I have just watched the Athletics blow a 7-3 lead all the way to hibernation for the winter, and as that last Royals run crossed the plate, it sealed the deal: Moneyball is dead.
You have seen the movie. Brad Pitt as the general manager of a baseball team. No money, no stars, just smarts — extreme smarts — and a willingness to buck baseball tradition and assemble a team no one – not even its field manager, in the Hollywood fable that also gave him an untrue-to-life beer gut and sour mien – thought would work. But it could work and it did work. By the numbers.
The numbers. WHIP and WAR and BABIP and CERA and DERA and all the Bill-Jamesian glut of incomprehensible statistics that have overwhelmed the game just as Barry Bonds and Jose Canseco and their butt injections rendered HR and RBI and BA essentially meaningless, and (along with Brad Pitt) made Billy Beane into a cult figure, a demigod, an F. Scott Fitzgerald character – The very rich, they are different from you and me. The Pitt/Beane version is The very knowledgeable about arcane baseball numbers, they are different from you and me. And Beane (and Pitt) got very rich playing on this.
To be sure, Beane has done all right by the Athletics, who are anything but very rich. Their small but passionate fanbase has held its own amid his repeated attempts to abandon the unloved Coliseum (or Mausoleum, as Bando, Jackson, Rudi and Tenace – ah, there were baseball players in those days — dubbed it) for presumably greener San Jose pastures, and he has with immense ingenuity parlayed the small budgets he has been handed into on-field success that the small but passionate ones have lustily cheered and magnificently appreciated.
As a conservative, a traditionalist, and a baseball fan for 55 years, I can say that I hate instant replay. I used to hate the designated hitter but eventually, grudgingly, accepted it so chances are pretty good about 30 years from now, I’ll get used to the game being taken out of the hands of flawed, mistake-prone umpires and placed in the hands of technology.
I always saw mistakes made by the umps as simply the “rub-o-the-green” — thems the breaks, boys and over 162 games, the bad calls tend to even themselves out. But the powers that be in baseball didn’t quite see it like that, so they built a huge “war room” in New York — the Replay Operations Center — with dozens of TV feeds for league officials to view a play and make the right call.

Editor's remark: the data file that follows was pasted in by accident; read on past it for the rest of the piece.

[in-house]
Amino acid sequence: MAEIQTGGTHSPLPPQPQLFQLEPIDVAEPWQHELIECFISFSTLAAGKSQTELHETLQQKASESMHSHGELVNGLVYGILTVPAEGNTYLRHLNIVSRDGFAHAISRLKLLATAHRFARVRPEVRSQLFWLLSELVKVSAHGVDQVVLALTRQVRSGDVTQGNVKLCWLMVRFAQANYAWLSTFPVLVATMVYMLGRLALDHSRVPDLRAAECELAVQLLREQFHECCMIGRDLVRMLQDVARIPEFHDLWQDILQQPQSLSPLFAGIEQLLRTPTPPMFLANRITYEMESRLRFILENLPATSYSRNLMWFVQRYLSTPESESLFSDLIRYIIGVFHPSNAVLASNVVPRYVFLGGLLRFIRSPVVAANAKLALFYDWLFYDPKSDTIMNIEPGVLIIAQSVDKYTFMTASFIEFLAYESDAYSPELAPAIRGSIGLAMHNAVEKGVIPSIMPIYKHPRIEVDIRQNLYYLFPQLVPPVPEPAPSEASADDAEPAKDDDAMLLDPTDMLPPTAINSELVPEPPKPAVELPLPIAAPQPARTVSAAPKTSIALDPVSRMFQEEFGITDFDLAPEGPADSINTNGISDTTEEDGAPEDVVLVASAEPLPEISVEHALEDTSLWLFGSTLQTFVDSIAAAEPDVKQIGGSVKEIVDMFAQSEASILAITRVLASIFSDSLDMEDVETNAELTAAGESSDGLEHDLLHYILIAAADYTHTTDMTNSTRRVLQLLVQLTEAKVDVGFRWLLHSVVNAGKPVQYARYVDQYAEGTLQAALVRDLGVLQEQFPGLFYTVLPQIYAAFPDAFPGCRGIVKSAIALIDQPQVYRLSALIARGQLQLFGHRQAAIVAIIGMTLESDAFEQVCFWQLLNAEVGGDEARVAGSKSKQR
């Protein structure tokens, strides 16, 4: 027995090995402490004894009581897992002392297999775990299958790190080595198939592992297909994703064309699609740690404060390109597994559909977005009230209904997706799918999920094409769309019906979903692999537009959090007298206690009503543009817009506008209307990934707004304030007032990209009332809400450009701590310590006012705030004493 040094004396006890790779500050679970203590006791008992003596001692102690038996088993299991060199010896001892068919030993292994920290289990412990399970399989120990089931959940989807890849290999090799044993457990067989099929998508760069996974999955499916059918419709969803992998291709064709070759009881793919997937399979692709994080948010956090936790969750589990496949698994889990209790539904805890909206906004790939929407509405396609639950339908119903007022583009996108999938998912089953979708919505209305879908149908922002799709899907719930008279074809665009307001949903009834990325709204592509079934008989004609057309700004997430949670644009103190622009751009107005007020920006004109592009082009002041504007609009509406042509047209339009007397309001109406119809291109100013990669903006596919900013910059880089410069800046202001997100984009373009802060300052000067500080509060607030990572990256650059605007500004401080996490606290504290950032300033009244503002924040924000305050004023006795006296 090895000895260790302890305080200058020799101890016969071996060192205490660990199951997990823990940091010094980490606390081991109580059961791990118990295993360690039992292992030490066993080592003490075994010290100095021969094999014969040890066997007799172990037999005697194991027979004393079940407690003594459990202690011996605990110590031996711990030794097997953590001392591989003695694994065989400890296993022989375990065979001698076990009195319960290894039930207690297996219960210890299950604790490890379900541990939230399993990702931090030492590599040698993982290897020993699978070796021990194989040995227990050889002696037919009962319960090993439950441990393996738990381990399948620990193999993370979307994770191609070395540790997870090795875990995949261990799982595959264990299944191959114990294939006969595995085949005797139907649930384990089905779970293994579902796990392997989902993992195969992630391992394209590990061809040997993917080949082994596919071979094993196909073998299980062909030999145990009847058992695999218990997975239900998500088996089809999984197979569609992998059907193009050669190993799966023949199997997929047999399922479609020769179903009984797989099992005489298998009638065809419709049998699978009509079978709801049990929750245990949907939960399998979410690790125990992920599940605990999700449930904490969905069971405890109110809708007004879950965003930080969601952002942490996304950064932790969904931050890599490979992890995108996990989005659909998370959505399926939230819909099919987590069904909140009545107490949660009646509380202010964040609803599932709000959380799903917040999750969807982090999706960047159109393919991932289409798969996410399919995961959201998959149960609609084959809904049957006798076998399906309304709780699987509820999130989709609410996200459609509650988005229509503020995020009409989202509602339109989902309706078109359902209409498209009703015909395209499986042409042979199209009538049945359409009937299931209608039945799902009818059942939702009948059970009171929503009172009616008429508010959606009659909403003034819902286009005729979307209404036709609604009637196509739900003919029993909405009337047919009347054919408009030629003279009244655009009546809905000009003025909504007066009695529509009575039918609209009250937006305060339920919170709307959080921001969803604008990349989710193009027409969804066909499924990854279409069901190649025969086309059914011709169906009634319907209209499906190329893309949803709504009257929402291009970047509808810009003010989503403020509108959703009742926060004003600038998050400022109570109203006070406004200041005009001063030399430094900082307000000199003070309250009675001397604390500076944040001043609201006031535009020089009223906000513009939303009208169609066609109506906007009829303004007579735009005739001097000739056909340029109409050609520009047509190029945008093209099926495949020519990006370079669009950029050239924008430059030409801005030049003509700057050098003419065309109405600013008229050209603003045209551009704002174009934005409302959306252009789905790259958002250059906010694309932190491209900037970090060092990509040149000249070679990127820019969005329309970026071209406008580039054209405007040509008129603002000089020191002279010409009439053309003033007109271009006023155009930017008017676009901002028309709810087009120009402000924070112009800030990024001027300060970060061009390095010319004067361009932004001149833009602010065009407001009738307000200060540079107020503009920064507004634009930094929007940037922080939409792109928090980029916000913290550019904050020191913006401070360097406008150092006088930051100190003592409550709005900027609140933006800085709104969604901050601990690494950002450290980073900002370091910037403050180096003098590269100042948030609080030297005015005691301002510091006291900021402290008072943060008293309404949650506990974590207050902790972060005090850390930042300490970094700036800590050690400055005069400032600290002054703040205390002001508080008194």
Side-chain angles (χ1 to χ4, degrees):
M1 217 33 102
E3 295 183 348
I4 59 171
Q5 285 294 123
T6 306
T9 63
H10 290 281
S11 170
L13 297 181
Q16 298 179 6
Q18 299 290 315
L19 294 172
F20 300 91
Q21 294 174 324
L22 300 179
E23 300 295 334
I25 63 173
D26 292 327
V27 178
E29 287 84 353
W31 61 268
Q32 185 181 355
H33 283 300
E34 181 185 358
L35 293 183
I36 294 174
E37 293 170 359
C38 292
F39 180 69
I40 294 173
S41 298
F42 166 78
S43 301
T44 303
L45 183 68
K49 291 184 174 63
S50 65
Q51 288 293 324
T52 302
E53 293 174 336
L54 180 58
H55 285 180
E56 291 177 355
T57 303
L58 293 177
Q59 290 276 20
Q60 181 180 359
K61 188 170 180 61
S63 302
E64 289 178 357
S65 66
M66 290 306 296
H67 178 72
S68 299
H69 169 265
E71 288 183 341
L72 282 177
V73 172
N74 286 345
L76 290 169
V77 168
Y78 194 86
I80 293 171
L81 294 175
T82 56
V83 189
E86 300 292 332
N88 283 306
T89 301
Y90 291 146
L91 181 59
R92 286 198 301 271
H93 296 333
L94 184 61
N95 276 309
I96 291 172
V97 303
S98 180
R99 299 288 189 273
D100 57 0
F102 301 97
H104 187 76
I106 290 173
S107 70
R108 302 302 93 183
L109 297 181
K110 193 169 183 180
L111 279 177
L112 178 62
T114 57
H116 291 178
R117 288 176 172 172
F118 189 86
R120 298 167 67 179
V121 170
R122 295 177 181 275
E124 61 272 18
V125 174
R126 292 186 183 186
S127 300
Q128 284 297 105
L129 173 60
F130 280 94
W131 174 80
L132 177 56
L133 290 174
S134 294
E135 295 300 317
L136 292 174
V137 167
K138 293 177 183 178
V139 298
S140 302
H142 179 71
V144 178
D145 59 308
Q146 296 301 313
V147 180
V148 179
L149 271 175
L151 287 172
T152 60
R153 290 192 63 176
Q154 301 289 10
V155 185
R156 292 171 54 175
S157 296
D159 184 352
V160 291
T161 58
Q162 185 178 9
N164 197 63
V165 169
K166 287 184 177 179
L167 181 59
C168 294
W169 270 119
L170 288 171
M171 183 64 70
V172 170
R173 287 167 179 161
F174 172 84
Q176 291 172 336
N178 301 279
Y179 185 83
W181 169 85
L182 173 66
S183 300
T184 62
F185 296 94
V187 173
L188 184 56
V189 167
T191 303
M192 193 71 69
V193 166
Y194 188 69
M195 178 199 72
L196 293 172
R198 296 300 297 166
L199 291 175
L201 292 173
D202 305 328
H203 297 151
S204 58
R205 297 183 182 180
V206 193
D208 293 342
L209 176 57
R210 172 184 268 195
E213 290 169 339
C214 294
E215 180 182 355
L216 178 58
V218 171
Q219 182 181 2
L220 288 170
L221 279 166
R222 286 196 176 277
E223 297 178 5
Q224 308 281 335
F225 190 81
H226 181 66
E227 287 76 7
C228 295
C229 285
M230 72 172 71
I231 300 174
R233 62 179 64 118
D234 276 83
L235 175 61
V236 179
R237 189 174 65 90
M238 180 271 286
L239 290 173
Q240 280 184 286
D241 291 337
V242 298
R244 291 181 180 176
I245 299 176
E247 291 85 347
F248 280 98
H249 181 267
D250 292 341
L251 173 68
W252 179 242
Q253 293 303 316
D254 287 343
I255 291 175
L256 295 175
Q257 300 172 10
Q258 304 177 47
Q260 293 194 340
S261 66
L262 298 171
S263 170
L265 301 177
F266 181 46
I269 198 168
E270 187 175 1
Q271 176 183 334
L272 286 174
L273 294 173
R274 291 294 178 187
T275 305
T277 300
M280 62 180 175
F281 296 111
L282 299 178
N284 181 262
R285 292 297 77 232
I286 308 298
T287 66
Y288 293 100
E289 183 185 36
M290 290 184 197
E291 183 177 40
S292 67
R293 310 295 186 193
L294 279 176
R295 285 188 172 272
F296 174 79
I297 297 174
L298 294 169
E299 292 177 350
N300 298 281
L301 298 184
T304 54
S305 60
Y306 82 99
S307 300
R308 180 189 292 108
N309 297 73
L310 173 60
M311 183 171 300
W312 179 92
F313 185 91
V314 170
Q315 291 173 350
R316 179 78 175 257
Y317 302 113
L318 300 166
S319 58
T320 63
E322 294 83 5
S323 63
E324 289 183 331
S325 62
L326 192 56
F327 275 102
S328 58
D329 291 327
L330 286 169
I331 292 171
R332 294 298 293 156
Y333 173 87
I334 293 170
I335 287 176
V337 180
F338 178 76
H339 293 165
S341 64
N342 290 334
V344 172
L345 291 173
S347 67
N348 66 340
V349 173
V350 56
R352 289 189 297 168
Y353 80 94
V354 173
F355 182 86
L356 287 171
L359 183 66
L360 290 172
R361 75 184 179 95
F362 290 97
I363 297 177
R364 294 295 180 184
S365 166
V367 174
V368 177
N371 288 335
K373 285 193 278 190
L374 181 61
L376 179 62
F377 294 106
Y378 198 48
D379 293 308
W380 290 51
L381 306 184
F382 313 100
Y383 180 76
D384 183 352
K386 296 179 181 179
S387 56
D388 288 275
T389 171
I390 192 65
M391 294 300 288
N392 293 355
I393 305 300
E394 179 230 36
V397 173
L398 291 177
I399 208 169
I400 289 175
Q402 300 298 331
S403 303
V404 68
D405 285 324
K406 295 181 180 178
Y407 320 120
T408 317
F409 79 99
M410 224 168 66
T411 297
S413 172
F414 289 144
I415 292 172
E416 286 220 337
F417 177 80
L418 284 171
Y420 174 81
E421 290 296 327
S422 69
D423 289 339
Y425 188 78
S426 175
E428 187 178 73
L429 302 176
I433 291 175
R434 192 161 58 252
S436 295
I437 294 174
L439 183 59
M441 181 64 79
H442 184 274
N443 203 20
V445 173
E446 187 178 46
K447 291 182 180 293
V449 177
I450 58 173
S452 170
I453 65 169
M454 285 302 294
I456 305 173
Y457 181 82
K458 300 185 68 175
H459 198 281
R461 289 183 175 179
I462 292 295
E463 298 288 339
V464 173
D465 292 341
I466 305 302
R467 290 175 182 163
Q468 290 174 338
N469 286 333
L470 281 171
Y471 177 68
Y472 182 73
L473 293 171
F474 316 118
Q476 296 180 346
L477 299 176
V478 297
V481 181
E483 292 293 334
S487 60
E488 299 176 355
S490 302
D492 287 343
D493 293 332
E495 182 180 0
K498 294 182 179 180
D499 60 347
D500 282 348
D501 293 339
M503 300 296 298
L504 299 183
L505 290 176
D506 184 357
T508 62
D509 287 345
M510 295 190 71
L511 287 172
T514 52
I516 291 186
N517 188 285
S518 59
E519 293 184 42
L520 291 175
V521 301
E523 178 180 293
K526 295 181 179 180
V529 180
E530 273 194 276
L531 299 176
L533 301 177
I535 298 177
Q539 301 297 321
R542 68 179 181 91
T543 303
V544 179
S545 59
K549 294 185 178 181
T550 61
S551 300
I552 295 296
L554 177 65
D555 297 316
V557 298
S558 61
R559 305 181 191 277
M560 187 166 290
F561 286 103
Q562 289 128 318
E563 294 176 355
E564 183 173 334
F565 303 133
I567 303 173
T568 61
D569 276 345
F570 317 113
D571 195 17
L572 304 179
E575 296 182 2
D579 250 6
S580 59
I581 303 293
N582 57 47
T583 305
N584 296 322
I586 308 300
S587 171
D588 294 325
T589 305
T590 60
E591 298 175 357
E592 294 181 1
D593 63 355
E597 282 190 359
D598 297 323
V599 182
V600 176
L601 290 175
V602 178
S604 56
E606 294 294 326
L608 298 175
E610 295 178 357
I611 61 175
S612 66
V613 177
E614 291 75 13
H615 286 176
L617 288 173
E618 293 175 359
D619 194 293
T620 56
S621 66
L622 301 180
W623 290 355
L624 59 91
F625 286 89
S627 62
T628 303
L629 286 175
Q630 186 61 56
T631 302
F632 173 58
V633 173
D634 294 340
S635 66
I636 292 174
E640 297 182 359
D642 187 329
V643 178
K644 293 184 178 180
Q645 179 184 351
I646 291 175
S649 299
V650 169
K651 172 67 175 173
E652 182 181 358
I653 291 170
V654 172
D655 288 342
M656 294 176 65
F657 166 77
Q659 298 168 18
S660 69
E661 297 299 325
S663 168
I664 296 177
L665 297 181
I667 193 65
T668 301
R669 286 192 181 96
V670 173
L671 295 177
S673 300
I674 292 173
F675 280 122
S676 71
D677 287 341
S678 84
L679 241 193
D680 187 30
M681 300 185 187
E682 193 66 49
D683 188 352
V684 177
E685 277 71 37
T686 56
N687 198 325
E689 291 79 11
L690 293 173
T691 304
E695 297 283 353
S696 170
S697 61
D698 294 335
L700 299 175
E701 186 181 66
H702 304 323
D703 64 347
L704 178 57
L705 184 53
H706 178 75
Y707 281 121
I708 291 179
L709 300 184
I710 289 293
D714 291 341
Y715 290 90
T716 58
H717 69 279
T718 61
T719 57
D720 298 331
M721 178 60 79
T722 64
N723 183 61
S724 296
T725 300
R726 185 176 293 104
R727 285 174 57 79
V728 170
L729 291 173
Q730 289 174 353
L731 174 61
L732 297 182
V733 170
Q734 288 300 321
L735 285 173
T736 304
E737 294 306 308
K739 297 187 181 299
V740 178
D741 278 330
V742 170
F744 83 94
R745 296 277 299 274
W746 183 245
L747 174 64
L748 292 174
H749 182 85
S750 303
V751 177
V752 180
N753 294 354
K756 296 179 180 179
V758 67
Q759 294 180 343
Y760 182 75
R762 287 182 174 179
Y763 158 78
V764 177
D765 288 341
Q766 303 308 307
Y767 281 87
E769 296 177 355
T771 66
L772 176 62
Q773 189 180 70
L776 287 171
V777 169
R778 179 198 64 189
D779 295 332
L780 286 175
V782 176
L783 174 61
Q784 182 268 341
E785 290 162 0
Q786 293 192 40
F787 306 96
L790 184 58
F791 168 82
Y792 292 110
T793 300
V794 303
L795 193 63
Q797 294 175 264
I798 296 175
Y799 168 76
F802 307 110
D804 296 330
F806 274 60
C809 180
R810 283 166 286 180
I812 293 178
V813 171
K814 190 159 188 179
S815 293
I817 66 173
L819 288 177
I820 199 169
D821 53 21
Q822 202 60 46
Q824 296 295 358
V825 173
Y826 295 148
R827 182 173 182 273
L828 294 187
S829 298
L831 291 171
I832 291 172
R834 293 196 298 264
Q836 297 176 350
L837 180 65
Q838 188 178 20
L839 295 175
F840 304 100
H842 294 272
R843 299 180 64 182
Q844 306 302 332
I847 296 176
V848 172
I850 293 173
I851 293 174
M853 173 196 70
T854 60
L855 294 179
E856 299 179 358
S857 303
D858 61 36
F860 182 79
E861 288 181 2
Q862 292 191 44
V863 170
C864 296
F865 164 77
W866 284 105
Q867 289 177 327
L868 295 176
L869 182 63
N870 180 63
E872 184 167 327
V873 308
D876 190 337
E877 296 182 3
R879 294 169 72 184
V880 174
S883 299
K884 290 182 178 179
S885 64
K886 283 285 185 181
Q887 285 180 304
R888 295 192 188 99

I am probably a little more gleeful than I should be when I report that the plot to destroy baseball via replay is not going according to plan. In fact, at this rate, the fans will be screaming for the wires to be ripped out of the ROC and by mid-season, the league go back to relying on human beings to make the right call.
I can tolerate the growing pains of expanded replay, the flaws in the challenge system, the awkward delays as managers decide whether to seek reviews, the debates over what constitutes a proper transfer, a proper catch.
But no one should tolerate calls that are blatantly incorrect after review — not now, not with a system that supposedly was designed to help baseball avoid egregious mistakes.
Something is terribly wrong when television viewers are getting better access to conclusive angles than the umpires at the $30 million Replay Operations Center in New York. And it happened twice Saturday, first in a game between the Yankees and Red Sox, then in one between the Braves and Nationals.
If it’s any consolation to Red Sox manager John Farrell, I spent Sunday trying to get a better explanation for Anna-gate from Major League Baseball, and none was forthcoming.
Farrell became the first manager to receive an automatic ejection for arguing a replay decision later that night, contending that the out call on the Yankees’ Francisco Cervelli at first base should not have been overturned because the replays were inconclusive.
The essence of Farrell’s argument is that the ball needed simply to enter first baseman Mike Napoli’s glove, not hit the back of it. The confusion alone over what qualifies as an out is embarrassing to baseball, but Farrell would not have been nearly as hot if not for the shenanigans of the day before.
Clearly, Farrell was still seething over the missed call Saturday — the one in which replay conclusively showed the Yankees’ Dean Anna had his foot off second base when he was tagged by Red Sox shortstop Xander Bogaerts with one out in the eighth inning.